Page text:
Rob Ford, Mayor of Toronto

Mike Duffy and his associates in the Senate are smart people, but they are equally sick. Their greed drives them to do things that their intelligence tells them are inappropriate. Their behavior borders on the illegal, and in some cases may have crossed that boundary, but that is ultimately for the courts to determine.

The Senate story has since then become even more political. So much so that the moral failings of several senators has drifted into the background. The focus is now on the controlling personality of Prime Minister Stephen Harper. But that is another issue for another time.

All these people are, in my opinion, "spiritually poor." Nature, as we know, abhors a vacuum. In the spiritual world the same truth applies. When one is spiritually poor, then a vacuum arises and one's behavior becomes inappropriate. This affliction can affect everyone. These people are only a few examples of a more general problem that pervades our society. Many people today have a sense of entitlement -- the world owes them a living -- with all the accompaniments, a mansion, several cars, and so on. 

Everyone needs to become spiritually richer. One does not have to become a member of any particular faith in order to do so. The resources for spiritual growth can be found in any faith, and even among humanists who claim to have no faith at all. One needs only to stop being self-centered and focus instead on others.

This is what Jesus taught when he said, "Blessed are the poor in spirit" (Matthew 5:3). The poor in spirit are those whose pride and sense of independence has been broken so that they are open to God, or at least something or someone outside of themselves. Then they no longer are as selfish as they were before. As we all realize, this is part of a long process that does not happen overnight, but happen it does.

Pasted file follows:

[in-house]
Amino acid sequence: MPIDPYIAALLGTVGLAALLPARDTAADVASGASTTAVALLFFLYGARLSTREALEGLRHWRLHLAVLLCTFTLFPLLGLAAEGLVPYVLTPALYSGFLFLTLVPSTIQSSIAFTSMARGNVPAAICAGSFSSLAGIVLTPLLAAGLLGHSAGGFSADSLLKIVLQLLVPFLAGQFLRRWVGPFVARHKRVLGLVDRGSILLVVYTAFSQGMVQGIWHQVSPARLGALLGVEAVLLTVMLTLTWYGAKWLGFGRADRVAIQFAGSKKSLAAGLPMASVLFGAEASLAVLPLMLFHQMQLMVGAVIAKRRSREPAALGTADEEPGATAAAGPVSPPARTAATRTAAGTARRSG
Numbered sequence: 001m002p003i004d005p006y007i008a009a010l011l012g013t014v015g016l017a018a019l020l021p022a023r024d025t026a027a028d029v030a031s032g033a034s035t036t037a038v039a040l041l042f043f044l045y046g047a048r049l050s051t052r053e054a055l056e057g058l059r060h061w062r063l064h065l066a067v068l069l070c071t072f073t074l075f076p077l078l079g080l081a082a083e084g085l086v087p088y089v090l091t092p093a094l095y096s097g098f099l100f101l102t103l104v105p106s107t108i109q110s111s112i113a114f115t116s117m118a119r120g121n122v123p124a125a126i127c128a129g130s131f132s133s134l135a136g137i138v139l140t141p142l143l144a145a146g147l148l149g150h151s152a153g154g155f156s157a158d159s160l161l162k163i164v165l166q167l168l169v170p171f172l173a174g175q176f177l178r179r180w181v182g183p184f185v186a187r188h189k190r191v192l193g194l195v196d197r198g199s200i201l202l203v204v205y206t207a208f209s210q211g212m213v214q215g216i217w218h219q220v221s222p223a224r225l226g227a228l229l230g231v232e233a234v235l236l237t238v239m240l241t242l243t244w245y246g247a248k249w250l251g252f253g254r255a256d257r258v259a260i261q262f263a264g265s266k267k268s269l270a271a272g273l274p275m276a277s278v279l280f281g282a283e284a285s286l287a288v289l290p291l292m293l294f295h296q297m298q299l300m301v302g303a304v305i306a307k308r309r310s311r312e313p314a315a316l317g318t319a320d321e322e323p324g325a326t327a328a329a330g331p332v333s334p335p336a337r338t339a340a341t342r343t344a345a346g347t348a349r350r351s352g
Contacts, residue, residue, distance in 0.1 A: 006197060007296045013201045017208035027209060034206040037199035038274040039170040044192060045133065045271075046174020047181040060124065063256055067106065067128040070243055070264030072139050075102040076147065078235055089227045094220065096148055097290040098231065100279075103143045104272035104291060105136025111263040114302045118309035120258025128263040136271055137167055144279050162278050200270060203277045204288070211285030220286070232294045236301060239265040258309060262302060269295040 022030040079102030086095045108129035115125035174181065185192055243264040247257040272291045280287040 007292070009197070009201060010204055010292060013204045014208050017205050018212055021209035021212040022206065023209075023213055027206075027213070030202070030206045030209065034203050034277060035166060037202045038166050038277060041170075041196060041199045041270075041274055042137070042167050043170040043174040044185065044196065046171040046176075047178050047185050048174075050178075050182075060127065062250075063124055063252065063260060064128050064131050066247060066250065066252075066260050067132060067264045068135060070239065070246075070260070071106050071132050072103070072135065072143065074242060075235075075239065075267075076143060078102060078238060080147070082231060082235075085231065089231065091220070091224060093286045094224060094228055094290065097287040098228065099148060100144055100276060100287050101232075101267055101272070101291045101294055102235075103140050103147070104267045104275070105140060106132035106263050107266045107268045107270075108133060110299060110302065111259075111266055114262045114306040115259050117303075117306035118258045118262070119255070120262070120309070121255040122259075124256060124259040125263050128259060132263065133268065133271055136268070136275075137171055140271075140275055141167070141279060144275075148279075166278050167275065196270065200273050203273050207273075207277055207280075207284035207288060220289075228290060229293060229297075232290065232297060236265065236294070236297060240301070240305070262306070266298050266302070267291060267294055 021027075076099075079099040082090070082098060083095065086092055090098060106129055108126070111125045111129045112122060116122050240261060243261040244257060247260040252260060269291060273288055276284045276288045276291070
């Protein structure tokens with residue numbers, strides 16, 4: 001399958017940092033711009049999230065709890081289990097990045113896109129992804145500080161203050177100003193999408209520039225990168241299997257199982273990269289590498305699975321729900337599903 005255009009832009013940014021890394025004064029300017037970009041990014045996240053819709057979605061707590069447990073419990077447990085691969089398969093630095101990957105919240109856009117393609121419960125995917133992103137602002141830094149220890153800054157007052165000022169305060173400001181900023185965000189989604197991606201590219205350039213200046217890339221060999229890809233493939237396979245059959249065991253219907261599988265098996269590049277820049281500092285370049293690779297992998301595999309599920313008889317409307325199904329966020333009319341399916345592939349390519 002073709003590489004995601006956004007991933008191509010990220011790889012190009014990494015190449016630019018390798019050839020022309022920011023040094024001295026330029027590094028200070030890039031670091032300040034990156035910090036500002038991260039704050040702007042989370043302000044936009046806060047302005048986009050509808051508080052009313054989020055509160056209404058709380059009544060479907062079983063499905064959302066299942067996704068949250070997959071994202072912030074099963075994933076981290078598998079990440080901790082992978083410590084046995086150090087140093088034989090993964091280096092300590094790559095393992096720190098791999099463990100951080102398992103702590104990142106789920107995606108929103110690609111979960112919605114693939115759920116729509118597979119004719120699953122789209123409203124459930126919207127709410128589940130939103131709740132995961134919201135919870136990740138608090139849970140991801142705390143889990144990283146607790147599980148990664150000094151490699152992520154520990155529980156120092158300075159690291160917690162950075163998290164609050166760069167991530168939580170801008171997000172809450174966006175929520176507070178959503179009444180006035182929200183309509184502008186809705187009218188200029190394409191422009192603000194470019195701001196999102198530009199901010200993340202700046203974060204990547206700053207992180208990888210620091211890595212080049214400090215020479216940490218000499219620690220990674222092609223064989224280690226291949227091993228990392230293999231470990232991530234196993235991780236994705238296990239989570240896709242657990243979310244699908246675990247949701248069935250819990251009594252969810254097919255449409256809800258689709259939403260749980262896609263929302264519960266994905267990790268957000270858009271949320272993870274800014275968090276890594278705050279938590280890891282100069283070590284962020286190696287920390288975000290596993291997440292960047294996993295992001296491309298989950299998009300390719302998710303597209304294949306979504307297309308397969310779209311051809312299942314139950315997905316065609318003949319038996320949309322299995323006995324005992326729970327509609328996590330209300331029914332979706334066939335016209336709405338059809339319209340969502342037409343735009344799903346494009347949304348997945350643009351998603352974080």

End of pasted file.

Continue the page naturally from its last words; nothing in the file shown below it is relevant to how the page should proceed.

Jesus does not promise that the poor in spirit will become materially rich, enjoy endless pleasure and constant laughter. But he does promise hope and joy that does not depend on outward circumstances. "For theirs is the kingdom of heaven," he promises. This is an upside-down kingdom because it is diametrically opposed to what this world values and praises. 

God's blessing rests on those who humble themselves and come to him with broken and contrite hearts. As were reminded at the memorial service for Tim Bosma, he was not a "plaster saint." He was not perfect, anymore than anyone of us is perfect. But we can all experience communion with God. 

Sadly, that communion seems to be lacking in the lives of people such as Millard, Ford, and Duffy. I have selected these three, which all occurred in the same week, merely as examples, but I could have chosen many others. There is more than enough evil in the world to cite, but that should not be necessary.